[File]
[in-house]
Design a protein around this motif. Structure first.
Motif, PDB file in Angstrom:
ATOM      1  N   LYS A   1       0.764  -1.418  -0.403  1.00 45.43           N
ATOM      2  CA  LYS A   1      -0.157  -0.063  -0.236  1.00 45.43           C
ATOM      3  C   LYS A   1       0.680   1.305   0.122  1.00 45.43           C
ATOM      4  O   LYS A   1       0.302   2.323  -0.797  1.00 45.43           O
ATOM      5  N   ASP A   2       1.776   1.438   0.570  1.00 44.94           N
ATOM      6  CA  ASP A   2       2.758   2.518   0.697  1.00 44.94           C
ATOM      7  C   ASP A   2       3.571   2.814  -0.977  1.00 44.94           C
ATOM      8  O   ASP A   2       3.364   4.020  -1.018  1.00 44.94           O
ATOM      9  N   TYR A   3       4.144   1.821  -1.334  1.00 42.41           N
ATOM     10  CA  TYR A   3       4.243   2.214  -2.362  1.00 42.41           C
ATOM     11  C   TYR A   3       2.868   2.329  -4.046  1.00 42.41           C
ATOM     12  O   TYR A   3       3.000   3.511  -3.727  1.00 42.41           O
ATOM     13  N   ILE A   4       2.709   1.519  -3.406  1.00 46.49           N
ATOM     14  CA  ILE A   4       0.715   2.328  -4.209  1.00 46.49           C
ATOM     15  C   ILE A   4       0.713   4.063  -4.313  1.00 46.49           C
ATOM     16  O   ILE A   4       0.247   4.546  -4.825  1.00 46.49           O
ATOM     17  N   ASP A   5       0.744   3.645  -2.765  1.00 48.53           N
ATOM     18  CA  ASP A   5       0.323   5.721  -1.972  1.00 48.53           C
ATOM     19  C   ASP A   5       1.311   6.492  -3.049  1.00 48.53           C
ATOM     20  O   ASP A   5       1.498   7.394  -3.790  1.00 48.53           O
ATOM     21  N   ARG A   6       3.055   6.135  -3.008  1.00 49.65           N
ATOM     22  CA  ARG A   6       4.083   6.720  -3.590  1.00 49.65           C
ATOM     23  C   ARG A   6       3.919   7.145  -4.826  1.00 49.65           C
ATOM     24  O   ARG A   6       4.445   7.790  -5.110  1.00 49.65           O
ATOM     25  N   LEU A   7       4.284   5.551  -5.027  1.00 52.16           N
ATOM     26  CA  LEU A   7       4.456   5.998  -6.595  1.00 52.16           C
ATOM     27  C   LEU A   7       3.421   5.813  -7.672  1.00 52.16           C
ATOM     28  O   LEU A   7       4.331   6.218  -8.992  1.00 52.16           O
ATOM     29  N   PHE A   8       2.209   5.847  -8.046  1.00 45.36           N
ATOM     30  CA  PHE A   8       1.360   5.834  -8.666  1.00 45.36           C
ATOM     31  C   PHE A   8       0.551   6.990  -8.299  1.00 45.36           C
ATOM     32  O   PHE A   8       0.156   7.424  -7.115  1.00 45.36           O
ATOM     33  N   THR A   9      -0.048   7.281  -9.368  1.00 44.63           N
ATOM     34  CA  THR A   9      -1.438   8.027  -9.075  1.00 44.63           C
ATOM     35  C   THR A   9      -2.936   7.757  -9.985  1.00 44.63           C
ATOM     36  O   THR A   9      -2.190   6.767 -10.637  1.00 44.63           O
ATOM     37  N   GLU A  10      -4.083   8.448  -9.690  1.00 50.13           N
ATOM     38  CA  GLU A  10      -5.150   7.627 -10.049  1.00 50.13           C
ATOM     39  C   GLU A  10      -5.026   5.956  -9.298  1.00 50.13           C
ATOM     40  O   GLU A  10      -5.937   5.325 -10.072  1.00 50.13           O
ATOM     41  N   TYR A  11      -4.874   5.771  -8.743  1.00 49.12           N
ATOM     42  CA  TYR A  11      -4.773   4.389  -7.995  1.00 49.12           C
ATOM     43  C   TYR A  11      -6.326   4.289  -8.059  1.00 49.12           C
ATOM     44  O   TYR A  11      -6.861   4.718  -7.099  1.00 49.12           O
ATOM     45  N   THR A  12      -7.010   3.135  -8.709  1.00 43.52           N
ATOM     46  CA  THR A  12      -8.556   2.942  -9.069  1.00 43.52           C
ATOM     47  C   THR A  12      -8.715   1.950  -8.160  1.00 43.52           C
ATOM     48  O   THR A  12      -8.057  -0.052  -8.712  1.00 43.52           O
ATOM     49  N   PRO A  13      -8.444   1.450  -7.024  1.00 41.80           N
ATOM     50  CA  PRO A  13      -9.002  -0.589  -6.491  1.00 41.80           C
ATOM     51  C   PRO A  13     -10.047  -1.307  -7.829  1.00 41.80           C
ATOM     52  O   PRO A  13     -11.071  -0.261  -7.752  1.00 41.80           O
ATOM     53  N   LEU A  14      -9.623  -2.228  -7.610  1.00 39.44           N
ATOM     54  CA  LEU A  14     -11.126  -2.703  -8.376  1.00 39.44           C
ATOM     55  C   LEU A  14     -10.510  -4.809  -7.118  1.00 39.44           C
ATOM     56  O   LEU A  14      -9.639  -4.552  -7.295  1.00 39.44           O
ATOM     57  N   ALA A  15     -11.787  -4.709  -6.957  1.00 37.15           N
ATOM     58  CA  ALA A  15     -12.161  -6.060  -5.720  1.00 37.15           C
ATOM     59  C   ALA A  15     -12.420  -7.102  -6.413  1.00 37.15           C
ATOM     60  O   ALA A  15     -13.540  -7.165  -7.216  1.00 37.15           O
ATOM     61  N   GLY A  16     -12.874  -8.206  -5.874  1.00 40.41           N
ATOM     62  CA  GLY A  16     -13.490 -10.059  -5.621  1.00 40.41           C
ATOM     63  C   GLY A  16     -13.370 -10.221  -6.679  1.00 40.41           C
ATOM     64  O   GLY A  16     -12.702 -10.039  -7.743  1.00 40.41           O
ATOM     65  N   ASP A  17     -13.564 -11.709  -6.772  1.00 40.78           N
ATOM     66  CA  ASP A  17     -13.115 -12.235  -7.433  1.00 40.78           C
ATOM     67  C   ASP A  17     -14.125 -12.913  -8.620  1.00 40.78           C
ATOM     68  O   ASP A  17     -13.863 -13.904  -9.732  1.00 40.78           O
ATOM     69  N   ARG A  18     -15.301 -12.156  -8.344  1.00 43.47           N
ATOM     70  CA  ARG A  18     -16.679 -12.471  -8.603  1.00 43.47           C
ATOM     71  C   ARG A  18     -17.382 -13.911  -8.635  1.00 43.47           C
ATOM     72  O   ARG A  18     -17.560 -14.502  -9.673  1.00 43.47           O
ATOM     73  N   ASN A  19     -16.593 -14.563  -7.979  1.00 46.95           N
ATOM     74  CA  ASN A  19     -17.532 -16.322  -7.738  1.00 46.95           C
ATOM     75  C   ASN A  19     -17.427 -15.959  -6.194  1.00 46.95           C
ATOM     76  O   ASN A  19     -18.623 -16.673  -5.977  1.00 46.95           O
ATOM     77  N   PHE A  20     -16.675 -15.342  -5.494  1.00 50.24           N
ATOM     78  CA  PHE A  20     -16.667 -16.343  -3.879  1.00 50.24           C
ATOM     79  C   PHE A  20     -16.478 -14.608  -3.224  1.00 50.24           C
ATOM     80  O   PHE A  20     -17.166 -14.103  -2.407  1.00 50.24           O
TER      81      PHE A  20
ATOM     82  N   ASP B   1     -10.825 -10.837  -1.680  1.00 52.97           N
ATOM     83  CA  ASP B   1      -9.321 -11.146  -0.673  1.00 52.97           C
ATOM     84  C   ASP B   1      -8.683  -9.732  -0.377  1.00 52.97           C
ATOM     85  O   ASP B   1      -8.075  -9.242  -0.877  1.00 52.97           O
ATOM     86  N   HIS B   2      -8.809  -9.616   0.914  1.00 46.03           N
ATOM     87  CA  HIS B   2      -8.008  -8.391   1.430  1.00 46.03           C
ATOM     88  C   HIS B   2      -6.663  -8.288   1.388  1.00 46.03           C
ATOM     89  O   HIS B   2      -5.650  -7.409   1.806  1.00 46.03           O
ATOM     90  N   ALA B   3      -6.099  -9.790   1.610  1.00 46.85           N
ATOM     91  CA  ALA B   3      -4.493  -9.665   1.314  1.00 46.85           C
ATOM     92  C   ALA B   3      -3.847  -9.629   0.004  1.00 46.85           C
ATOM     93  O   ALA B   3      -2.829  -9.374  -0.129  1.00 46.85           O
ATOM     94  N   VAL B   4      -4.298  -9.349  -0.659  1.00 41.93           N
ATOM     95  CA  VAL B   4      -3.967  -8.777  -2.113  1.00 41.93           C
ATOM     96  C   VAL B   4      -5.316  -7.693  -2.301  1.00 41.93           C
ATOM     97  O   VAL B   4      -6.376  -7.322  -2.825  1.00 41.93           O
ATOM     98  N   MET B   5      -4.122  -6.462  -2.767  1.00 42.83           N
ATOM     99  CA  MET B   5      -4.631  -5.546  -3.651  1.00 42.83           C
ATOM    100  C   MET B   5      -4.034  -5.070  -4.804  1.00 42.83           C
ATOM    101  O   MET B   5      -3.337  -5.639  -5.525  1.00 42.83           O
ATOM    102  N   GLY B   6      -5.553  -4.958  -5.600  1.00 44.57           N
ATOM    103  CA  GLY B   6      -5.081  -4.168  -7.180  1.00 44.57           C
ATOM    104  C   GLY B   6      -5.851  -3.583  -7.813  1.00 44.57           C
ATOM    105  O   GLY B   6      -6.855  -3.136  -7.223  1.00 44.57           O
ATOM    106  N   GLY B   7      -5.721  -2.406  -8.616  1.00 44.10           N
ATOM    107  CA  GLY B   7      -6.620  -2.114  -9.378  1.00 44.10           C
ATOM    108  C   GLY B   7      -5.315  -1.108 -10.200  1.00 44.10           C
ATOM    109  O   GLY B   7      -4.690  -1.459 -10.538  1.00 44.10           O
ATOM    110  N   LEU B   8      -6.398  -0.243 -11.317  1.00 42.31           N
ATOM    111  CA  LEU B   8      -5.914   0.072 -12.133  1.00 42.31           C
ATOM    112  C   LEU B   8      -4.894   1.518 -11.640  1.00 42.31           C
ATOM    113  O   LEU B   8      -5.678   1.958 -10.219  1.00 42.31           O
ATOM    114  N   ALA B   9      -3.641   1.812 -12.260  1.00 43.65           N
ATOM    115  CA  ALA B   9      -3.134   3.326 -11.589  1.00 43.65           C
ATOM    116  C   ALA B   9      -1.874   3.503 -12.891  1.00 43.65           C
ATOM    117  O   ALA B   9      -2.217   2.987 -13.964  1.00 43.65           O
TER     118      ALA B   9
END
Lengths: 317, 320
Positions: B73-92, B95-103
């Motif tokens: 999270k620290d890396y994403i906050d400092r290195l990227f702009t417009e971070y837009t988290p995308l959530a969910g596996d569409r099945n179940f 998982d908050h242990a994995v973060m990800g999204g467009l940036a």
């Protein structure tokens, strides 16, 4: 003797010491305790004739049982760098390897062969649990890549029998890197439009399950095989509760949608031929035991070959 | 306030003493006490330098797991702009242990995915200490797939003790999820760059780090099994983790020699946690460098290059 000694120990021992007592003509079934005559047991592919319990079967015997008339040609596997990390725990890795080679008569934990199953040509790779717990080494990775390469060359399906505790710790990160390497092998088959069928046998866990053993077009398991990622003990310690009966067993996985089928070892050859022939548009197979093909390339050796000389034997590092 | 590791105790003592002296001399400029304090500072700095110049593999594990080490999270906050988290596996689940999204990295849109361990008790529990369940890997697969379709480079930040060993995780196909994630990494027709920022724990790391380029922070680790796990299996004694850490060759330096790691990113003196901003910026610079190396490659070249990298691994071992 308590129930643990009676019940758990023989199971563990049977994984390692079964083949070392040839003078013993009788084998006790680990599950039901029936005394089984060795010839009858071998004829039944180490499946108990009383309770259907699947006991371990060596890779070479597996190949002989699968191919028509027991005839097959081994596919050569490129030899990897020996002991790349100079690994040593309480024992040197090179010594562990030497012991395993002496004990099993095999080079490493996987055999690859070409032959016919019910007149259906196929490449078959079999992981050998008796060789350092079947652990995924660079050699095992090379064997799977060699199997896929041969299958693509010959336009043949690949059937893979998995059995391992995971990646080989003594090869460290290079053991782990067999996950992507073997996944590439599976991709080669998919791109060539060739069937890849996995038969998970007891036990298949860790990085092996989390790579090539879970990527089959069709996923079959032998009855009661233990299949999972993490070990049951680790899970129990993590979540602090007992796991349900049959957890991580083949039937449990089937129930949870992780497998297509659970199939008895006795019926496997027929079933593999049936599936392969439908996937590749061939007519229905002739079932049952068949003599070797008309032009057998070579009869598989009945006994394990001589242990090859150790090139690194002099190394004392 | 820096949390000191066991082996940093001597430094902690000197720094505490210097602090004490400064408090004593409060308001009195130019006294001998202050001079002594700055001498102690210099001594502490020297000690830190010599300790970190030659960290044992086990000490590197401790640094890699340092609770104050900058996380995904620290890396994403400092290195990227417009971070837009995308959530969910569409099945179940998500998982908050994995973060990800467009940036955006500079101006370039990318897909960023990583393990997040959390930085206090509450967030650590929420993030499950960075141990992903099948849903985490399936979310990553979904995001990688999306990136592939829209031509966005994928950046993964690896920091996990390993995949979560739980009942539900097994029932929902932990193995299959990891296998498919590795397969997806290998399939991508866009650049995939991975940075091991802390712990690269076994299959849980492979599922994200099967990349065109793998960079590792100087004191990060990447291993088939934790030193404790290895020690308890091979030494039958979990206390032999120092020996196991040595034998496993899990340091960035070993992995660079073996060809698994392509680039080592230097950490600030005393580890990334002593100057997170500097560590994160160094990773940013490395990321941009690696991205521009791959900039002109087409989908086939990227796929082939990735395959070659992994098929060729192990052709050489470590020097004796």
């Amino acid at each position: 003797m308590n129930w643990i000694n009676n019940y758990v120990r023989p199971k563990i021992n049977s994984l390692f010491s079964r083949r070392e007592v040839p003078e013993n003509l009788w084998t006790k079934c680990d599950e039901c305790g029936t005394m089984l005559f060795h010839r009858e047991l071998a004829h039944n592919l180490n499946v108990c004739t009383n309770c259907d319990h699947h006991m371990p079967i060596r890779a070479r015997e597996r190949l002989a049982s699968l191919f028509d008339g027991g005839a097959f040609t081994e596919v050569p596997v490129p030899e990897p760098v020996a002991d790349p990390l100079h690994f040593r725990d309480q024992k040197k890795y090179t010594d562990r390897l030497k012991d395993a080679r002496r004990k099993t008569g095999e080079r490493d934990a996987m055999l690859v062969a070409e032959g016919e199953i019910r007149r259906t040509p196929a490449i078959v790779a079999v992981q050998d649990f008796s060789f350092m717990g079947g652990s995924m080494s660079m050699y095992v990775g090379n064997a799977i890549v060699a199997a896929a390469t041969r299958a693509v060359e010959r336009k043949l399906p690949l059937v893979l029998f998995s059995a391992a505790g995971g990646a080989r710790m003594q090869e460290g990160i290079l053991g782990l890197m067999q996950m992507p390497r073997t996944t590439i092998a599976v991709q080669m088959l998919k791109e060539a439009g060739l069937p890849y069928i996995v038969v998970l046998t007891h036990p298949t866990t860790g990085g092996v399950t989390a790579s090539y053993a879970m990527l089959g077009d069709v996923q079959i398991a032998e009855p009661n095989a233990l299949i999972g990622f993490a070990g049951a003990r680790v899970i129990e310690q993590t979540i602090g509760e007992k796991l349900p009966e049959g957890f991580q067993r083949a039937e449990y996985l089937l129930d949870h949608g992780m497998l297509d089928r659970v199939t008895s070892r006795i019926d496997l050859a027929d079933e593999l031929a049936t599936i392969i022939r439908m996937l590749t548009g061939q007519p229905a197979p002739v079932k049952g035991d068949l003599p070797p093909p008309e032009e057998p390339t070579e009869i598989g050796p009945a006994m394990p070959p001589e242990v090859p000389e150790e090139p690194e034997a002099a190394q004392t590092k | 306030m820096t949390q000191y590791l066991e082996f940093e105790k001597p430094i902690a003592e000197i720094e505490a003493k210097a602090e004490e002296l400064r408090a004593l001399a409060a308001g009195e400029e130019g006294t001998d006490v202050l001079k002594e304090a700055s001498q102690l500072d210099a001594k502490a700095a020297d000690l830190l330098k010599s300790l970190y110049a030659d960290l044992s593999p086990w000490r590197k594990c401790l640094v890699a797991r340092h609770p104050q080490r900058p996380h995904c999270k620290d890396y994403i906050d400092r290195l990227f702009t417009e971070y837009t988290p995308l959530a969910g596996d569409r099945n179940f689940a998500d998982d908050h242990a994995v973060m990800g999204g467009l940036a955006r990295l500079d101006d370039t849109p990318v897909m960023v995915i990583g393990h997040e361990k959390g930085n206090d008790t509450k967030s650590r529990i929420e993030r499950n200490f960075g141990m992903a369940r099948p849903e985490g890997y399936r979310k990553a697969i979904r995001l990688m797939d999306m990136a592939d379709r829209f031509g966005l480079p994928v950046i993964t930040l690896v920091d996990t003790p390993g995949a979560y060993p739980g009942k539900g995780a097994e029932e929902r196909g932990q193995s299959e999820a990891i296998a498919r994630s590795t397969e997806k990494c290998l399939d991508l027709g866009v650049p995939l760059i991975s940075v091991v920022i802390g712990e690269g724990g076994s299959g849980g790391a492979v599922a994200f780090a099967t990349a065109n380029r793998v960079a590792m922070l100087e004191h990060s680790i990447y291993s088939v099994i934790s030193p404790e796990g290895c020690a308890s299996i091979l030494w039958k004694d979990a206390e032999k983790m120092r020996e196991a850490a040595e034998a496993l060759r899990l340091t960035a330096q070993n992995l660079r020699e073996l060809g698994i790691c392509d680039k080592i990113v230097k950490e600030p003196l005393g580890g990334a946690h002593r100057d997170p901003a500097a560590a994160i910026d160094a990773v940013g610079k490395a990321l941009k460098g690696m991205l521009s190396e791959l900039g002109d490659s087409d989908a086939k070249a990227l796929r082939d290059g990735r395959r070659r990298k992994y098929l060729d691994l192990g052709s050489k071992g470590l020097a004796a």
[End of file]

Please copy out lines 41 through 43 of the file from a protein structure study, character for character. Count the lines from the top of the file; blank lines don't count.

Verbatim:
ATOM     38  CA  GLU A  10      -5.150   7.627 -10.049  1.00 50.13           C
ATOM     39  C   GLU A  10      -5.026   5.956  -9.298  1.00 50.13           C
ATOM     40  O   GLU A  10      -5.937   5.325 -10.072  1.00 50.13           O